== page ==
The Fascinating History of Patchouli

 

Patch joins Bay Rum, Sandalwood, OUD, and Fire and Flowers in the collection of NZ Fusion solid fragrances.

If you are a fan of gorgeous patchouli you may know this sensual fragrance has been around for centuries. The exact history is actually quite fascinating when you look deeper into its mystery and allure to find out where the fragrance originates. That’s why at Koru Naturals, we’re adding the brand new NZ Fusion Patch Solid Fragrance to a stellar lineup of favorite scents. Let’s dive deeper into the history of patchouli, so you know a little bit more about this warm and inviting scent. Or if you haven’t tried patchouli for yourself, maybe this will tempt you to add it to your collection.

Patch Solid Fragrance

Patchouli is complemented by Australian Sandalwood, Egyptian Jasmine, Madagascar Vanilla, and Turkish Rose Oil. This results in a complex, rich, and intense fragrance.

As with the other NZ Fusion solid fragrances, you may personalize it by combining with other fragrances. Adding Sandalwood makes it woodier, whereas blending with Bay Rum provides spicy notes.

The Origin of Patchouli

The word “patchouli” itself means “green leaf” because it comes from a herb growing green bush that’s part of the mint family. It does bloom delicate pink flowers that show up in the fall with seeds that are all part of becoming the patchouli scent we know today.

Even though it’s native to Southeast Asia, the South Indian people, known as the Tamil, actually developed some of its first uses and named the plant. They used it for medicinal purposes, insect repellent, and even in some culinary ways or through herbal teas they drank. Growing best in a moist and tropical climate, without direct sunlight, the leaves of the patchouli plant can reach heights of up to three feet when healthy.

Centuries later the herby bush made its way up through the Middle East on trade routes when adventurers used to bargain silk, goods, spices, and oils like the ones made from the patchouli’s leaves.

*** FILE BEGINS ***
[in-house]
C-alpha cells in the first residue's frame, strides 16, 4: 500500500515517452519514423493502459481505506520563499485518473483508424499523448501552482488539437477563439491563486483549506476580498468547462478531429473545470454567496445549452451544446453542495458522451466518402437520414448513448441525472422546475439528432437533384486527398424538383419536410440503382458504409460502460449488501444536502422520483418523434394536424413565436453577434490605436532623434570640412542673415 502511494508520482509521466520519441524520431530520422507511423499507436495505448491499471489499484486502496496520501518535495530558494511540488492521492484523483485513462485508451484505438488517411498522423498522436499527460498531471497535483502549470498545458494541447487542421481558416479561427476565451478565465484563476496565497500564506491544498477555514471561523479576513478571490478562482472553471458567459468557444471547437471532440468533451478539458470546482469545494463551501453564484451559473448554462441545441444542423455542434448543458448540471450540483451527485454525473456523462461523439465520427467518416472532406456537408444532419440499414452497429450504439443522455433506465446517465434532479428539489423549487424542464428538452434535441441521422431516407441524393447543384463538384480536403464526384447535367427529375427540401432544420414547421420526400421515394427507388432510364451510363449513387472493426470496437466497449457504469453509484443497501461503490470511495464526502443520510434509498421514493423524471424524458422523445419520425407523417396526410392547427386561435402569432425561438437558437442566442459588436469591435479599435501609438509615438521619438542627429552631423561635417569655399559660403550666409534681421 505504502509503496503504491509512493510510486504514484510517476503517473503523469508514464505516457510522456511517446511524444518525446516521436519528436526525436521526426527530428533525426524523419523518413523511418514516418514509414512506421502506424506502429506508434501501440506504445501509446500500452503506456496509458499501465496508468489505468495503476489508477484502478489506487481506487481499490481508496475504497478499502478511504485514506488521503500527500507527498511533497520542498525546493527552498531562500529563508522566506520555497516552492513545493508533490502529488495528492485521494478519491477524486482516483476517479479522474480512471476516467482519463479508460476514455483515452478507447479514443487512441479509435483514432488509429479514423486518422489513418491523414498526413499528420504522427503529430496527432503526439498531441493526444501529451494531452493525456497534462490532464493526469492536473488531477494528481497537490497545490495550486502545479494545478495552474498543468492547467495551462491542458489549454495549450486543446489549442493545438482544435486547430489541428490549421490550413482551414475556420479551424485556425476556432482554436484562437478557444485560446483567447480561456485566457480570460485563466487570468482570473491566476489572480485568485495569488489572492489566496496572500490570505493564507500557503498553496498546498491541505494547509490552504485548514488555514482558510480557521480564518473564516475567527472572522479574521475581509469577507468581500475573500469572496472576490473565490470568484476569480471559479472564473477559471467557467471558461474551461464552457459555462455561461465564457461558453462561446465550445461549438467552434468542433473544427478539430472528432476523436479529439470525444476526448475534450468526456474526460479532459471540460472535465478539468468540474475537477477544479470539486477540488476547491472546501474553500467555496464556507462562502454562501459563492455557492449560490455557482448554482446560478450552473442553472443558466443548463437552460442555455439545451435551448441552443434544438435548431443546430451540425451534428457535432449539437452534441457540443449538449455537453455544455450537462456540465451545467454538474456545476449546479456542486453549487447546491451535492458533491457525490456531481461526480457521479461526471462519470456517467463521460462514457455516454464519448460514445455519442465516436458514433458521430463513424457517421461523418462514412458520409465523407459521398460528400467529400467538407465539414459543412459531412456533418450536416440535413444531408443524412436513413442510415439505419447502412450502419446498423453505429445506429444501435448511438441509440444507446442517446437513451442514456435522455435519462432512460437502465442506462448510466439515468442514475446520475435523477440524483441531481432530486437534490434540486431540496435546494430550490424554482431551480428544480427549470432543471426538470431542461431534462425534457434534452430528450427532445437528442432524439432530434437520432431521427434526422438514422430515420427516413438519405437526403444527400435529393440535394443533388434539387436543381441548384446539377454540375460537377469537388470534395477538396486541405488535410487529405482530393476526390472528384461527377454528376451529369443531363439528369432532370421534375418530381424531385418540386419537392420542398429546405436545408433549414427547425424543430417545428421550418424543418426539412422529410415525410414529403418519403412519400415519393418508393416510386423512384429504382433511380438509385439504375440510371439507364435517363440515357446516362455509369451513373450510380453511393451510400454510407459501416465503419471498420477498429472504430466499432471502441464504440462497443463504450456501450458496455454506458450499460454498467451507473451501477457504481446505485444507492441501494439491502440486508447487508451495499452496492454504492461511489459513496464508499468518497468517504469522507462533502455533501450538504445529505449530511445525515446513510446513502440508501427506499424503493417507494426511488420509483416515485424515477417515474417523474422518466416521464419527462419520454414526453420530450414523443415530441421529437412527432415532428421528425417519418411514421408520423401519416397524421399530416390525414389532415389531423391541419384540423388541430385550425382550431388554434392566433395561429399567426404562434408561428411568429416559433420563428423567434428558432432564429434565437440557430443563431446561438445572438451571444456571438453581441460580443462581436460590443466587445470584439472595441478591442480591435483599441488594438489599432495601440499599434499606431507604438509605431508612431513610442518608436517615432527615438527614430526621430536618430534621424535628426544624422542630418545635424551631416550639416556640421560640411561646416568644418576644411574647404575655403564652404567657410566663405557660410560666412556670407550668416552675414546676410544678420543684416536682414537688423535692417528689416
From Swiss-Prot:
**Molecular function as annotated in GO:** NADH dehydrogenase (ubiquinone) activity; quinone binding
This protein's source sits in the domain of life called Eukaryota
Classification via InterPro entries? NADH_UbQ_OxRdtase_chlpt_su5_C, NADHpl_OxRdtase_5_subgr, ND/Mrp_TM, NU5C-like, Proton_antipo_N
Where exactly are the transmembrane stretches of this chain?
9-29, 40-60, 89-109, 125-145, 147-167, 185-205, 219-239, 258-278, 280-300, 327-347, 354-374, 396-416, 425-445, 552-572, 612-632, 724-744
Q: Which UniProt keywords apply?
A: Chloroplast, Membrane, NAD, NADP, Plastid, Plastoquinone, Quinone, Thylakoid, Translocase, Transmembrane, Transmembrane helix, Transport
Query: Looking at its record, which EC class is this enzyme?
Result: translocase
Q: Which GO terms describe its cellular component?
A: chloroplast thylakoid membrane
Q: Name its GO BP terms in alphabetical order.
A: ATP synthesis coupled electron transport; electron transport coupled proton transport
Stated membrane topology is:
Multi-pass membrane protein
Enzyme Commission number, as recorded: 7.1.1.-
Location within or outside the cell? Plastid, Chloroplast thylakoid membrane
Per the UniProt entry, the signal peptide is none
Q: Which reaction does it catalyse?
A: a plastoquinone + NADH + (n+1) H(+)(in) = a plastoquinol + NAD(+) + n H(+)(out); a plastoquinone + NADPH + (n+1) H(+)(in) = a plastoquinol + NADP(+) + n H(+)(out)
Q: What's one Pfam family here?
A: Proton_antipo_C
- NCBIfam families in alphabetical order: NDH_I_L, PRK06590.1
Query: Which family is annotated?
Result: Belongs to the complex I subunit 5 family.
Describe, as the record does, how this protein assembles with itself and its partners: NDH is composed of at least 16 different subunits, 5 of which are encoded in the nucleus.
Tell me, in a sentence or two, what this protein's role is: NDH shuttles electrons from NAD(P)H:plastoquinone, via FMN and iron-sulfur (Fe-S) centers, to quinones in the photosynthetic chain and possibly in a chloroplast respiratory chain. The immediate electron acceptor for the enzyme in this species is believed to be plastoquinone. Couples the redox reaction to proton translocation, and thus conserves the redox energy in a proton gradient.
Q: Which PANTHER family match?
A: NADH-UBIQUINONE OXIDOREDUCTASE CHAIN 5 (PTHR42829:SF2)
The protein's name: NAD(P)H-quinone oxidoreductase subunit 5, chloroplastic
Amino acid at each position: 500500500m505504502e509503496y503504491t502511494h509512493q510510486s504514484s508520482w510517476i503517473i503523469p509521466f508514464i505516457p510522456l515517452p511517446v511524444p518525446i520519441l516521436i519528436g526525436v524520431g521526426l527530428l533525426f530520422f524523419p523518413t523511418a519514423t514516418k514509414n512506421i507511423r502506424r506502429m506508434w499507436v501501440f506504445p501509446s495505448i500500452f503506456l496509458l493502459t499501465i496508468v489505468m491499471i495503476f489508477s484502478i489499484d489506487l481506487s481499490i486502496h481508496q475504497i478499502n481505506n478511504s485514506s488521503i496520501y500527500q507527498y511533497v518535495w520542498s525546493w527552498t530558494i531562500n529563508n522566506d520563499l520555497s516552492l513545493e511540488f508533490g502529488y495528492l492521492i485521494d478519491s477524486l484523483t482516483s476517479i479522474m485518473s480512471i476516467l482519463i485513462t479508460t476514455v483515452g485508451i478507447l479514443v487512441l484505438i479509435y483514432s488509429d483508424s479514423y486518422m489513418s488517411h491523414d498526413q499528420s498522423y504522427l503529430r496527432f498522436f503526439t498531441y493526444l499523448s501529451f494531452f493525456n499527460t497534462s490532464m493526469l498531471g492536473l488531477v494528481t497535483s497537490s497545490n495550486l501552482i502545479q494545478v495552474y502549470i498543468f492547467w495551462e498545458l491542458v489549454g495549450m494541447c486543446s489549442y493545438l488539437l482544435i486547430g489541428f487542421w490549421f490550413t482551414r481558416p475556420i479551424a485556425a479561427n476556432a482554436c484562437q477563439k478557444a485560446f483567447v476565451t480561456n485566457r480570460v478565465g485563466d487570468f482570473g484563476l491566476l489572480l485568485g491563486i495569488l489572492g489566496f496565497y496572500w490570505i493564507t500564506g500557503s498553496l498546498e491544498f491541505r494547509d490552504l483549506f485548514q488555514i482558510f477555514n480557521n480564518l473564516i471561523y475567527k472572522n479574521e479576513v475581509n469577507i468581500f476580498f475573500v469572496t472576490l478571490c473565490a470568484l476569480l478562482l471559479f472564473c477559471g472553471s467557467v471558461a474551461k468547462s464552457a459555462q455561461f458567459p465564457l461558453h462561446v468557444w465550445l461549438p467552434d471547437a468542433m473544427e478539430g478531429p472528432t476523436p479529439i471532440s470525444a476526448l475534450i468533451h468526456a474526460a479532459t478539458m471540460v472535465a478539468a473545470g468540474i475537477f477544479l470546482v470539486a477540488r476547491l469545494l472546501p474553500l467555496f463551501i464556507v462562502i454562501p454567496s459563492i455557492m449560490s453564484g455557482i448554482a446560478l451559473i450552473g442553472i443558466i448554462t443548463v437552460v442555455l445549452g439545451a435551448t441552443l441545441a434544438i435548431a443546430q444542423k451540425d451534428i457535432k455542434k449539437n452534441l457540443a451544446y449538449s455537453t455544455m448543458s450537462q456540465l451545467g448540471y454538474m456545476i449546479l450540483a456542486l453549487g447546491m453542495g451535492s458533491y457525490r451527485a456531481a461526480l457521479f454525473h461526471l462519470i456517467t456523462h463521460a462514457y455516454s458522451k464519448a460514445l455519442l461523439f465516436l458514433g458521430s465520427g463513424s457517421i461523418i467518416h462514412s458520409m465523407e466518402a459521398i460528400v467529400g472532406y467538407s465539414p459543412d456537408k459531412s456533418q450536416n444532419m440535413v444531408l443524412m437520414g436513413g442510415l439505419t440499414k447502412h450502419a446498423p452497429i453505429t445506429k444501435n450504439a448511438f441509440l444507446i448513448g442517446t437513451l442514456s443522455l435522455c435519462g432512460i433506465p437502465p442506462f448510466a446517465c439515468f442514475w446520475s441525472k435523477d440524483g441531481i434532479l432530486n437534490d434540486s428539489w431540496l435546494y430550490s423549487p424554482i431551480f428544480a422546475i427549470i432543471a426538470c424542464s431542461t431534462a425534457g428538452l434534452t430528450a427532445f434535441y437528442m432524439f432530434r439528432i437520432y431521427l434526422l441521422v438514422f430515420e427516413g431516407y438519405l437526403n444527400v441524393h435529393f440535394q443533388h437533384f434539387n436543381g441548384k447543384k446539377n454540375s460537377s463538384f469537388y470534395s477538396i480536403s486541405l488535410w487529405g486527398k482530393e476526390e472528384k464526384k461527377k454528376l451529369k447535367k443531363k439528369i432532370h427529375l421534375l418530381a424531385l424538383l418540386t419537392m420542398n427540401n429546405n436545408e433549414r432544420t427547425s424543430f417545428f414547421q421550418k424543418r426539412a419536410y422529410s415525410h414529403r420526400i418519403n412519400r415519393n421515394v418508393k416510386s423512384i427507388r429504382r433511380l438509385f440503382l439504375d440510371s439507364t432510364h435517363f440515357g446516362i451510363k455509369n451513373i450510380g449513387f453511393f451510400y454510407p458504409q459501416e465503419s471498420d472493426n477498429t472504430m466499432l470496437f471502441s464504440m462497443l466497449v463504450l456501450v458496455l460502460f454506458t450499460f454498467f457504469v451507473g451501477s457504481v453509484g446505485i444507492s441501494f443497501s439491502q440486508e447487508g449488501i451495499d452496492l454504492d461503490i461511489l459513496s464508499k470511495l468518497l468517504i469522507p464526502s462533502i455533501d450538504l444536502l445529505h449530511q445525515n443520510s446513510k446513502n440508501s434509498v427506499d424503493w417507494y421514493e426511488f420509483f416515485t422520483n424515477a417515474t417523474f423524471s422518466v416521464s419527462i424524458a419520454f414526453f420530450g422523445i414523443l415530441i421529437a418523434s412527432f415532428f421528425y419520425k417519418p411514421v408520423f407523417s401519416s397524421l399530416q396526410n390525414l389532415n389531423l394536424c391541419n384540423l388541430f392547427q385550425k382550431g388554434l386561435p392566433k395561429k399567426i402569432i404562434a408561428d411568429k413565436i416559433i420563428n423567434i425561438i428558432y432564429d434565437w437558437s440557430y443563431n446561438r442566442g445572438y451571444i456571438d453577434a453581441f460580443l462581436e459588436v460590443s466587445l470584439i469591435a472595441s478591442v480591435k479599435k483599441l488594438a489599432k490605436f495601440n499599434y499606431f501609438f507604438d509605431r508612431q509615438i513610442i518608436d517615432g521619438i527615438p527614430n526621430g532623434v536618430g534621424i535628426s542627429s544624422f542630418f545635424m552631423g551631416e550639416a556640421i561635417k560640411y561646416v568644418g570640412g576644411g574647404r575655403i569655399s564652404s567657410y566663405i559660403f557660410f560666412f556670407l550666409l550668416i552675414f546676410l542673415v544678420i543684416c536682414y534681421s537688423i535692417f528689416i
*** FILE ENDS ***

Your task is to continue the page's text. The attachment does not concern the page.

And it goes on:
The French conqueror Napoleon Bonaparte brought from Egypt cashmere and silks protected from moths with patchouli leaves, so he may have been the one to introduce it to parts of Europe. People just fell in love with its heady rich scent that was distinctively all its own, exquisite and beautiful. So in Europe  Patchouli went from insect repellent to upscale fragrance.

It wasn’t until 1837 that the patchouli was known as a recognizable scent and quickly made its way to the rest of the Western world.

The Modern Era of Patchouli

The counterculture in America, mainly in the 60’s and 70s really embraced everything the scent of patchouli had to offer. People loved to use it in essential oil form, burning in incense, and it became a common note in many popular fragrances. The essential oil is created by steam distillation of the leaves to produce the pure oil that was very popular at the time.

The rich earthy aroma with a slight mint undertone became a very well known aura around people who were referred to as “hippies.” Men and women with long hair, a free spirit, and a carefree way of dressing became associated with the fragrance.

However, most of the Patchouli used in the 60’s was either synthetic or of low quality. This is in contrast with the pure Patchouli Essential Oil used in our new fragrance, which is extracted only from the top 3-4 leaves of the plant and aged for at least 3 years. This Patchouli has a rich, dark, earthy-sweet, and mellow aroma. Sandalwood, a touch of sweet Madagascar vanilla, and lush Turkish rose complement the Patchouli notes of this fragrance. This is a fragrance with outstanding depth and warmth that will allow you to treasure wearing patchouli all day long.

Try Patch today!